Scaling

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Changing the units of measurement, usually for the numerical stability of an algorithm. The variables are transformed as LaTeX: \textstyle x' = \mbox{S}x, where LaTeX: \textstyle \mbox{S} = \mbox{diag}(s_j). The diagonal elements are the scale values, which are positive: LaTeX: \textstyle s_1, \dots , s_n > 0. Constraint function values can also be scaled. For example, in an LP, the constraints LaTeX: \textstyle \mbox{A}x = b, can be scaled by LaTeX: \textstyle \mbox{RA} x = \mbox{R} b , where LaTeX: \textstyle \mbox{R} = \mbox{diag}(r_i) such that LaTeX: \textstyle r > 0. (This affects the dual values.) Some LP scaling methods simply scale each column of A by dividing by its greatest magnitude (null columns are identified and removed).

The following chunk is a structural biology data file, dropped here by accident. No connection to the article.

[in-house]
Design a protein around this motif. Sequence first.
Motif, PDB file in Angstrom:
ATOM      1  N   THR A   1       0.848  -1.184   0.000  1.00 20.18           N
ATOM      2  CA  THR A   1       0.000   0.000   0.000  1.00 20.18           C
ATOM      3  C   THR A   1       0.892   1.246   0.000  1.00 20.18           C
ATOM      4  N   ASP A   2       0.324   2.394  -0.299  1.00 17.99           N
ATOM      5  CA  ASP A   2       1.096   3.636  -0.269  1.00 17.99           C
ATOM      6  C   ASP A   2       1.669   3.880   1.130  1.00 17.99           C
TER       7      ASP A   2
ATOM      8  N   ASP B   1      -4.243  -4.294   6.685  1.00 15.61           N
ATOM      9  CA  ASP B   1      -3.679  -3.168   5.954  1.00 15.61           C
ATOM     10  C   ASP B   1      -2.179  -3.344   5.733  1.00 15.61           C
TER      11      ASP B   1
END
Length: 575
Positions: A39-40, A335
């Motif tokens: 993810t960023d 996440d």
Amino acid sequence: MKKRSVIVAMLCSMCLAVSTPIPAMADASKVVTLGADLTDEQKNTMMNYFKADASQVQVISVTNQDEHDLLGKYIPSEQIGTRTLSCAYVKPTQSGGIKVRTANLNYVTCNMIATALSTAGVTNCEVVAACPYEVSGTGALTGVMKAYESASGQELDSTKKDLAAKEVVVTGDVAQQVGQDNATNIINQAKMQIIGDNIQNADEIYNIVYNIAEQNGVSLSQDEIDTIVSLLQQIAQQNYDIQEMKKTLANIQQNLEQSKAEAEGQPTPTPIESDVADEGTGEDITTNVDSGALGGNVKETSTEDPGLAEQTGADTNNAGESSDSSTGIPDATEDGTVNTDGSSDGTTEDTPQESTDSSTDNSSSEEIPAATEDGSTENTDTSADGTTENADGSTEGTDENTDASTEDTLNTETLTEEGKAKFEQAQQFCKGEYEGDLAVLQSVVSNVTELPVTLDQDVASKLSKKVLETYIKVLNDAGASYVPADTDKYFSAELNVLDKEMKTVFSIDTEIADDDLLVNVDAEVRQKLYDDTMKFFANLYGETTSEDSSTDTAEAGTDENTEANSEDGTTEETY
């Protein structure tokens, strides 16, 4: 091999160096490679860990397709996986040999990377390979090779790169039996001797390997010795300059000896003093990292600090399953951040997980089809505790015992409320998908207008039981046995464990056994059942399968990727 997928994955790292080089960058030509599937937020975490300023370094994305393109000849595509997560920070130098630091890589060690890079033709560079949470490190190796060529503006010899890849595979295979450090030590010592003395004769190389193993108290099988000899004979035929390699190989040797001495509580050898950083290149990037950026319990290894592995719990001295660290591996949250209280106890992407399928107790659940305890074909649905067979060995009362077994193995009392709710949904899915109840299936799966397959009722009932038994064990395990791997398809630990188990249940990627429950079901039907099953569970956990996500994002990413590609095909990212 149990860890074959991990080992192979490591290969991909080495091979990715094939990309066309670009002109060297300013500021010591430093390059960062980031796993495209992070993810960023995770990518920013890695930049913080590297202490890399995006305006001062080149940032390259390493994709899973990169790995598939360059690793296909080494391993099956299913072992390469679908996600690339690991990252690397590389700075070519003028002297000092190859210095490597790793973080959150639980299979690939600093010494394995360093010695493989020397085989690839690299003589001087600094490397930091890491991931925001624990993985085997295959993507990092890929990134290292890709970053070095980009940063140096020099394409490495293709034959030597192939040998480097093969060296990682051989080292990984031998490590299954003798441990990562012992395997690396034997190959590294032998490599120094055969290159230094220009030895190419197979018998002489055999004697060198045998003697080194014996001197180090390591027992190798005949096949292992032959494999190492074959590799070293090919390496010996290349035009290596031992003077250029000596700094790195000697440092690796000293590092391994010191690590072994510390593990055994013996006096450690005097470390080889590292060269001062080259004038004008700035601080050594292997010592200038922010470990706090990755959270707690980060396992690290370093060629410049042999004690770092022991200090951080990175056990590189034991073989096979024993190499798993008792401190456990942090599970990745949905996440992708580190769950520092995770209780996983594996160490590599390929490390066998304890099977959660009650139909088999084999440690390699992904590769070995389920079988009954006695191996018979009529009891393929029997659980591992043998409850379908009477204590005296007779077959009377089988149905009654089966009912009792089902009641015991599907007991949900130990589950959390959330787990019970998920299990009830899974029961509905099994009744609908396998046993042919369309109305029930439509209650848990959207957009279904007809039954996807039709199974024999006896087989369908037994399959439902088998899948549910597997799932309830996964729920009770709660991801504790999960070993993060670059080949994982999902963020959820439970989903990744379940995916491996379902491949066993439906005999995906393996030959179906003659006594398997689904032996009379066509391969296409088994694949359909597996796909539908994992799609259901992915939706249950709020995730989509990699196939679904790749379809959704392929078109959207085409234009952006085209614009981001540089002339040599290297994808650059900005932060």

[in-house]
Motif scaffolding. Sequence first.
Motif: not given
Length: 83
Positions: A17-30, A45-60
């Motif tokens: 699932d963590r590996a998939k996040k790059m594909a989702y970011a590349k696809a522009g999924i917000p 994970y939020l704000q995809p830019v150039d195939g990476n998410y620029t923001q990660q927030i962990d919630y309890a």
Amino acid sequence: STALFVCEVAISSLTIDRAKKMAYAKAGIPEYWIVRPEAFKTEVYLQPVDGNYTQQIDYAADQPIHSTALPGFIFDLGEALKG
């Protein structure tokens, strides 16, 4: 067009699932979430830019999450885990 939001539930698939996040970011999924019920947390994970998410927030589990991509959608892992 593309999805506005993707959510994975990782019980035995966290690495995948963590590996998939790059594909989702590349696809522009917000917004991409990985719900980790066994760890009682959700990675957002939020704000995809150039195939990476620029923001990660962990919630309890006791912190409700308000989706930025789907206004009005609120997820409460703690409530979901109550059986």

Example A column scaling A row scaling
10x + 100y = 500
–30x + .3y = .2
.3333x + y = 500
–x + .003y = .2
x + 10y = 50
–300x + 3y = 2


Another method is logarithmic scaling, which scales by the logarithm of the greatest magnitude. More sophisitcated methods are algorithmic, taking both row and column extremes into account.


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